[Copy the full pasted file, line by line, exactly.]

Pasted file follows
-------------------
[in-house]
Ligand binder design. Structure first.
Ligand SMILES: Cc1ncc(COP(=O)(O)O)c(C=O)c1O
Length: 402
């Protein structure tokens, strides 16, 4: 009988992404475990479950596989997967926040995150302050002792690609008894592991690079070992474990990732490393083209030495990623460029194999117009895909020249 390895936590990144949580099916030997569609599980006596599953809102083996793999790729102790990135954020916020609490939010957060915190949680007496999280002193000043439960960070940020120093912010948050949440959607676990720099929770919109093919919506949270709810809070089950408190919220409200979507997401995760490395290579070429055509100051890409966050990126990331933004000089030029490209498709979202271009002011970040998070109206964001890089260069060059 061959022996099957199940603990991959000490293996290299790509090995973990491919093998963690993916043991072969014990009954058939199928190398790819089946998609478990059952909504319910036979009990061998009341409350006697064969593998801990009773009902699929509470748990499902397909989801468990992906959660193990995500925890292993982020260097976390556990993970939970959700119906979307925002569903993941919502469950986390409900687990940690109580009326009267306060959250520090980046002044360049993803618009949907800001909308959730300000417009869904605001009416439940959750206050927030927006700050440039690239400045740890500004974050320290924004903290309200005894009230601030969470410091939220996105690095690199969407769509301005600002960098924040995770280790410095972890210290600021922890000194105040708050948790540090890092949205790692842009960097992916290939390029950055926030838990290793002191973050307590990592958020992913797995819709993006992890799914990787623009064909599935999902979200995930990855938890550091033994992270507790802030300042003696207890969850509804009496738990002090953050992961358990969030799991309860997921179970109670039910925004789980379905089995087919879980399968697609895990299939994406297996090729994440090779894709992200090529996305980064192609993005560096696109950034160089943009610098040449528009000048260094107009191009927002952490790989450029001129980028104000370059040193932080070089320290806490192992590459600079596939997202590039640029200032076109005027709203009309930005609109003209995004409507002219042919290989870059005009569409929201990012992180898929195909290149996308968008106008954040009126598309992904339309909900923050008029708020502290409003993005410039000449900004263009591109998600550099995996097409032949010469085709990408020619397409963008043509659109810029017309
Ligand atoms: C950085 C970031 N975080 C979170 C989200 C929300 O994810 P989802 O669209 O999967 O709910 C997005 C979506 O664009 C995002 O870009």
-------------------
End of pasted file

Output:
[in-house]
Ligand binder design. Structure first.
Ligand SMILES: Cc1ncc(COP(=O)(O)O)c(C=O)c1O
Length: 402
């Protein structure tokens, strides 16, 4: 009988992404475990479950596989997967926040995150302050002792690609008894592991690079070992474990990732490393083209030495990623460029194999117009895909020249 390895936590990144949580099916030997569609599980006596599953809102083996793999790729102790990135954020916020609490939010957060915190949680007496999280002193000043439960960070940020120093912010948050949440959607676990720099929770919109093919919506949270709810809070089950408190919220409200979507997401995760490395290579070429055509100051890409966050990126990331933004000089030029490209498709979202271009002011970040998070109206964001890089260069060059 061959022996099957199940603990991959000490293996290299790509090995973990491919093998963690993916043991072969014990009954058939199928190398790819089946998609478990059952909504319910036979009990061998009341409350006697064969593998801990009773009902699929509470748990499902397909989801468990992906959660193990995500925890292993982020260097976390556990993970939970959700119906979307925002569903993941919502469950986390409900687990940690109580009326009267306060959250520090980046002044360049993803618009949907800001909308959730300000417009869904605001009416439940959750206050927030927006700050440039690239400045740890500004974050320290924004903290309200005894009230601030969470410091939220996105690095690199969407769509301005600002960098924040995770280790410095972890210290600021922890000194105040708050948790540090890092949205790692842009960097992916290939390029950055926030838990290793002191973050307590990592958020992913797995819709993006992890799914990787623009064909599935999902979200995930990855938890550091033994992270507790802030300042003696207890969850509804009496738990002090953050992961358990969030799991309860997921179970109670039910925004789980379905089995087919879980399968697609895990299939994406297996090729994440090779894709992200090529996305980064192609993005560096696109950034160089943009610098040449528009000048260094107009191009927002952490790989450029001129980028104000370059040193932080070089320290806490192992590459600079596939997202590039640029200032076109005027709203009309930005609109003209995004409507002219042919290989870059005009569409929201990012992180898929195909290149996308968008106008954040009126598309992904339309909900923050008029708020502290409003993005410039000449900004263009591109998600550099995996097409032949010469085709990408020619397409963008043509659109810029017309
Ligand atoms: C950085 C970031 N975080 C979170 C989200 C929300 O994810 P989802 O669209 O999967 O709910 C997005 C979506 O664009 C995002 O870009």